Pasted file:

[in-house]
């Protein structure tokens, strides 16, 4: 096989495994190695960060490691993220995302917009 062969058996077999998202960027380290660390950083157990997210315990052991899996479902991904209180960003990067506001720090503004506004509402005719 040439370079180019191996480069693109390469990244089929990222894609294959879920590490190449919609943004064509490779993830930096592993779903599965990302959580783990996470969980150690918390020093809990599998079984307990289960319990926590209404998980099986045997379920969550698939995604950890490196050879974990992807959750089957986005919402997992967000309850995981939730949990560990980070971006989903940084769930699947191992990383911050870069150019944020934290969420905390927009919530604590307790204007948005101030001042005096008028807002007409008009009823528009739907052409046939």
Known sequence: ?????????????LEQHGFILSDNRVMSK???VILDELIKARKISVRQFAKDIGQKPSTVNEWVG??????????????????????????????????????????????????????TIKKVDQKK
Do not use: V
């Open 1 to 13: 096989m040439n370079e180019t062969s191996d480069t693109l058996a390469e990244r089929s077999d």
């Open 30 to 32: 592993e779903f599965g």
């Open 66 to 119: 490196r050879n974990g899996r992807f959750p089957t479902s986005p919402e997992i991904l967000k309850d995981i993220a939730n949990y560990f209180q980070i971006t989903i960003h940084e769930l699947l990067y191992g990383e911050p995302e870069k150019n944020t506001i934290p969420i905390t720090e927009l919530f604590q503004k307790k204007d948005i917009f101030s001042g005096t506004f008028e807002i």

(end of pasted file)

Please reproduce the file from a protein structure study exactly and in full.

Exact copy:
[in-house]
């Protein structure tokens, strides 16, 4: 096989495994190695960060490691993220995302917009 062969058996077999998202960027380290660390950083157990997210315990052991899996479902991904209180960003990067506001720090503004506004509402005719 040439370079180019191996480069693109390469990244089929990222894609294959879920590490190449919609943004064509490779993830930096592993779903599965990302959580783990996470969980150690918390020093809990599998079984307990289960319990926590209404998980099986045997379920969550698939995604950890490196050879974990992807959750089957986005919402997992967000309850995981939730949990560990980070971006989903940084769930699947191992990383911050870069150019944020934290969420905390927009919530604590307790204007948005101030001042005096008028807002007409008009009823528009739907052409046939």
Known sequence: ?????????????LEQHGFILSDNRVMSK???VILDELIKARKISVRQFAKDIGQKPSTVNEWVG??????????????????????????????????????????????????????TIKKVDQKK
Do not use: V
């Open 1 to 13: 096989m040439n370079e180019t062969s191996d480069t693109l058996a390469e990244r089929s077999d």
């Open 30 to 32: 592993e779903f599965g």
């Open 66 to 119: 490196r050879n974990g899996r992807f959750p089957t479902s986005p919402e997992i991904l967000k309850d995981i993220a939730n949990y560990f209180q980070i971006t989903i960003h940084e769930l699947l990067y191992g990383e911050p995302e870069k150019n944020t506001i934290p969420i905390t720090e927009l919530f604590q503004k307790k204007d948005i917009f101030s001042g005096t506004f008028e807002i």